It will be critical to the success of the DMA that the unit be well resourced. If not, “there is a risk that relevant cases will be dropped,” Mundt of the Federal Cartel Office said in an email exchange with Insider.
The EU crackdown on tech monopolies is a big departure from the past decade of antitrust action, where over the past decade Google – which has come under the most antitrust scrutiny of companies FAAMG – was charged a total sum of $8 billion for faulty practices.
To put that number into context, Alphabet, Google’s parent company, reported a profit of $20.6 billion in the last quarter of 2021 alone.
Critics say European politicians started paying attention to Big Tech’s anti-competitive practices too late. “They [politicians] have no idea what they’re up against,” said John Strand, political consultant and principal of Strand Consulting.
Microsoft’s $69 billion deal with video game Activision Blizzard made headlines in January, but what got less attention was a series of small deals by tech companies, helping them gradually gaining market share. In 2021 alone, Alphabet closed 22 deals, Microsoft had 56 and Amazon had 29 — all decade highs for the companies, CNBC reported. Between 2018 and 2021, Facebook made at least 21 acquisitions.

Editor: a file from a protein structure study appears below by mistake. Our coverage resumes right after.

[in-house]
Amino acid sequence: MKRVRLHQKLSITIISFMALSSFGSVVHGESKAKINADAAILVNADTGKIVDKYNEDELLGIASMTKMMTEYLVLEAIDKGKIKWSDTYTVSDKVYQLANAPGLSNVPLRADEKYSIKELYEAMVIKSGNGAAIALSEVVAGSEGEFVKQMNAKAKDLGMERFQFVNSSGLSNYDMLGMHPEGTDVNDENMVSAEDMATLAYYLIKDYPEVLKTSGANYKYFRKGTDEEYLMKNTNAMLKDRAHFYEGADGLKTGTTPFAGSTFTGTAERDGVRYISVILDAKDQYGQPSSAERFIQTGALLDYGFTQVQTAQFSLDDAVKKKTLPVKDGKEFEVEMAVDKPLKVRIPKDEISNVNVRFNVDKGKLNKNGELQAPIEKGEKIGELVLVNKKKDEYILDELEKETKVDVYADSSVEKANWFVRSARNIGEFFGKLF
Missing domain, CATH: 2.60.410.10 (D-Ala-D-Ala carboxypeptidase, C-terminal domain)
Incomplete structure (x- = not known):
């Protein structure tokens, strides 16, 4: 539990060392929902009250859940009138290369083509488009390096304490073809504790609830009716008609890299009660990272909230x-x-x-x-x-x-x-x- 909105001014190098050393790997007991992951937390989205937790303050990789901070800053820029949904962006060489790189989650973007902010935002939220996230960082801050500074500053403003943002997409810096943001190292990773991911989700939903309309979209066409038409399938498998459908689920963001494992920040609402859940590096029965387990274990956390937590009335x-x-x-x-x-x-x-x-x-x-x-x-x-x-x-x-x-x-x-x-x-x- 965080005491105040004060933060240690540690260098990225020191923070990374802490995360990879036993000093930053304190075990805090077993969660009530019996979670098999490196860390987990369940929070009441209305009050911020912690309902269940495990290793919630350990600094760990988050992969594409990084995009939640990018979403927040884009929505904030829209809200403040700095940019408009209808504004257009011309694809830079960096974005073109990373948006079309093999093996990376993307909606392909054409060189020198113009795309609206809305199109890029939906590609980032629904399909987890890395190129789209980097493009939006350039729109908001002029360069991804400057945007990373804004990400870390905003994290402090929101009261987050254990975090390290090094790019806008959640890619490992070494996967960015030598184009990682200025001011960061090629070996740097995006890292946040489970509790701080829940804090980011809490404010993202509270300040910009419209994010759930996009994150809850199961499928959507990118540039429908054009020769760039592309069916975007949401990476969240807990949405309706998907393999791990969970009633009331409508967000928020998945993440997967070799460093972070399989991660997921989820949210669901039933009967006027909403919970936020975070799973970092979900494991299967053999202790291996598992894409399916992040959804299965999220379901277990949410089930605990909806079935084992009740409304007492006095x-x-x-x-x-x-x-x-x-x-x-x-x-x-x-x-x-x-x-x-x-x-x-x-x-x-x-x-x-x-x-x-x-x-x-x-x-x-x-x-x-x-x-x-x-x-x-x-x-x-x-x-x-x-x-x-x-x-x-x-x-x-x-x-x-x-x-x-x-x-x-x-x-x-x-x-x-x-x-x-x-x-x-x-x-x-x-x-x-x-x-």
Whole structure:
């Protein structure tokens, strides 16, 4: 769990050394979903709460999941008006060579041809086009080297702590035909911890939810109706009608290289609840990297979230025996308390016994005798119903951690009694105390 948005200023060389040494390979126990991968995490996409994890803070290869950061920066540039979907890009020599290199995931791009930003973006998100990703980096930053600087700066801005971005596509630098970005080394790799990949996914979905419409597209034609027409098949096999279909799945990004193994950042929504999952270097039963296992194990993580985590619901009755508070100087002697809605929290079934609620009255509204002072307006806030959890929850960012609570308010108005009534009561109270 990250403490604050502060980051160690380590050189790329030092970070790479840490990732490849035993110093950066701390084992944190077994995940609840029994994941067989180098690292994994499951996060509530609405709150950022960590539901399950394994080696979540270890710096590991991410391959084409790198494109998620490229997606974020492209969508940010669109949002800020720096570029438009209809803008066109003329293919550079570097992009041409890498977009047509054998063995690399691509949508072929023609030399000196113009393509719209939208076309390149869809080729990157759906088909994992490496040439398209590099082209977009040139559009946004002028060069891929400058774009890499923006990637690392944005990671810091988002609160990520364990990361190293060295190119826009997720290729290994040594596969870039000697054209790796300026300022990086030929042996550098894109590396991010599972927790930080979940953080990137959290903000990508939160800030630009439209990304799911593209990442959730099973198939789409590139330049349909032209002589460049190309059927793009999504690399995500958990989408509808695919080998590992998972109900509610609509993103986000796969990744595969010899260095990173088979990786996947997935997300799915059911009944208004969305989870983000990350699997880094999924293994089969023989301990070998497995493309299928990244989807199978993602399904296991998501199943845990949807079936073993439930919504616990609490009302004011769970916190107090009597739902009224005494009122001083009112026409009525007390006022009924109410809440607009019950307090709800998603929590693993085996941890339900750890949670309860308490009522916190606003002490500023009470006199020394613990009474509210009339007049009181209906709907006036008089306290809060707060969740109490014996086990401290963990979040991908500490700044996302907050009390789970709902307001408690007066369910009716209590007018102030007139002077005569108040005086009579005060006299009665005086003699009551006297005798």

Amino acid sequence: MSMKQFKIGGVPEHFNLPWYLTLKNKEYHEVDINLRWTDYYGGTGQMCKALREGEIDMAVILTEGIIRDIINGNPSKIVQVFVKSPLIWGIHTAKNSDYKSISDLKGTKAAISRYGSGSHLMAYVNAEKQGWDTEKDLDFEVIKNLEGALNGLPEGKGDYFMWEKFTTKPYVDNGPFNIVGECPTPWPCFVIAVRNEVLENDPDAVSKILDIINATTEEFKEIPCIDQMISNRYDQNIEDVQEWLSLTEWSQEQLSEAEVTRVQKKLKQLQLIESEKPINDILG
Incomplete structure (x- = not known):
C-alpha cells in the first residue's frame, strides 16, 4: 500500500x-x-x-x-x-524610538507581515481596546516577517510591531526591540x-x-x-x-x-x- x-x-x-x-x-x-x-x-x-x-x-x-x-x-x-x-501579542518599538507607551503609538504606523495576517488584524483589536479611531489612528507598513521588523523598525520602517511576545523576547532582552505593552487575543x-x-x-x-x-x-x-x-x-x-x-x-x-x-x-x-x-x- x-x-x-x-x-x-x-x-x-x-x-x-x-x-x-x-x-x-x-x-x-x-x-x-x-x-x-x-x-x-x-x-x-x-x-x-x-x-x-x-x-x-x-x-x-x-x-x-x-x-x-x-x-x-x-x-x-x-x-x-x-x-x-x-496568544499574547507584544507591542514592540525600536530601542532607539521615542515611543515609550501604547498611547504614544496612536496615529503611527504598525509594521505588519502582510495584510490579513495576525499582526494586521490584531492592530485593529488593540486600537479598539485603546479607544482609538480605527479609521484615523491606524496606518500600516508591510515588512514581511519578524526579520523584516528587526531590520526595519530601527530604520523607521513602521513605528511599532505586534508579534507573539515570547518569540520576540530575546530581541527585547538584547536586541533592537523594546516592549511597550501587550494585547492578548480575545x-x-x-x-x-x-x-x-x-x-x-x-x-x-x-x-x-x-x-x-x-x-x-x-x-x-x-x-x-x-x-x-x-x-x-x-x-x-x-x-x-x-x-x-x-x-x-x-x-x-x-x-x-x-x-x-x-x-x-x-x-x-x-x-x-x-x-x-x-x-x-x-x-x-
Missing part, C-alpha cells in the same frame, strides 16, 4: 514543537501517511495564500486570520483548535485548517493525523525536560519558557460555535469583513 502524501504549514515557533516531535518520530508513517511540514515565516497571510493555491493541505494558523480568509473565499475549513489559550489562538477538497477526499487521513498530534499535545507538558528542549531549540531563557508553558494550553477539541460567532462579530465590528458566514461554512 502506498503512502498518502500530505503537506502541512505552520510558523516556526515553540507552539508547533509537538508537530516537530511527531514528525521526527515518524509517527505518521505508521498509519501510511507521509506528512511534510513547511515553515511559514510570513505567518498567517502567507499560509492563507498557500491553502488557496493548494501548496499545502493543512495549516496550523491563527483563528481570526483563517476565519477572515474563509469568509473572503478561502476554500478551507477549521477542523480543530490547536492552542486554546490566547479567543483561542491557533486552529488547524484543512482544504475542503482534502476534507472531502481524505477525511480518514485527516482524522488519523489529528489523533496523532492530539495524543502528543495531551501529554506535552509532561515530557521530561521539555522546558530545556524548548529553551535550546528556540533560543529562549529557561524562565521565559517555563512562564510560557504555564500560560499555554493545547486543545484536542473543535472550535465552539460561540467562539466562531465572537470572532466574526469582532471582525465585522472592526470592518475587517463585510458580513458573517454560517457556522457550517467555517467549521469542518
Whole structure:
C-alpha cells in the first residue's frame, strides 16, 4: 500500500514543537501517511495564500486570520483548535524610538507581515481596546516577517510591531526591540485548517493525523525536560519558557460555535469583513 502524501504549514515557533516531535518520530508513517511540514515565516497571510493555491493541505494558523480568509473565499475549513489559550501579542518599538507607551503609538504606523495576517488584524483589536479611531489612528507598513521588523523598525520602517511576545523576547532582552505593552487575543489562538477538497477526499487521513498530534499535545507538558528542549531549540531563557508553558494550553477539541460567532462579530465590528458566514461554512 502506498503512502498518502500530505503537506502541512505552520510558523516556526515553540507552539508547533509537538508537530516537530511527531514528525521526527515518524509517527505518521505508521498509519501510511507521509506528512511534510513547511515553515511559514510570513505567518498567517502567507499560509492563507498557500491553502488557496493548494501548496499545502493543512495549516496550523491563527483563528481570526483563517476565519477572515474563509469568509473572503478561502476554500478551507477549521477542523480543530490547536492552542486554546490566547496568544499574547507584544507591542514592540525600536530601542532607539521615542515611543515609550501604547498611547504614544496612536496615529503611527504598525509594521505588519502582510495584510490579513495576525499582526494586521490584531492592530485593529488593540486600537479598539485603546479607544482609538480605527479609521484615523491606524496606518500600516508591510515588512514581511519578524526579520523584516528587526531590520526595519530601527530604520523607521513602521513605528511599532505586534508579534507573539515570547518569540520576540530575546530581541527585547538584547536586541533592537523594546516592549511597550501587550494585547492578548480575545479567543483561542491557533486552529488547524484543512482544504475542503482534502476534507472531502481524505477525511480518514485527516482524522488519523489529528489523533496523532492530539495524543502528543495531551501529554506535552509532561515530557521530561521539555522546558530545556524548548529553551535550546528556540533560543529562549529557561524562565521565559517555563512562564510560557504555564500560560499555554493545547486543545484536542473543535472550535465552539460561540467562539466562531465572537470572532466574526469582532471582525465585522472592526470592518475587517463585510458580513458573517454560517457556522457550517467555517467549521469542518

It’s not so clear that DMA – a cumbersome, untested piece of legislation – is the solution for Europe’s tech landscape.
Some of the DMA’s enforcement mechanisms involve new legal questions, such as whether a tech company is a “gatekeeper” and whether the obligations imposed by the DMA are proportionate.
“Cases can still be complicated and result in lengthy court proceedings,” Mundt said.
“The problem is this: you don’t have a lot of time in the digital economy when the markets are very dynamic,” he added. “Some people think DMA will be self-executing. It tries to be a panacea and I strongly believe it will be a powerful tool.”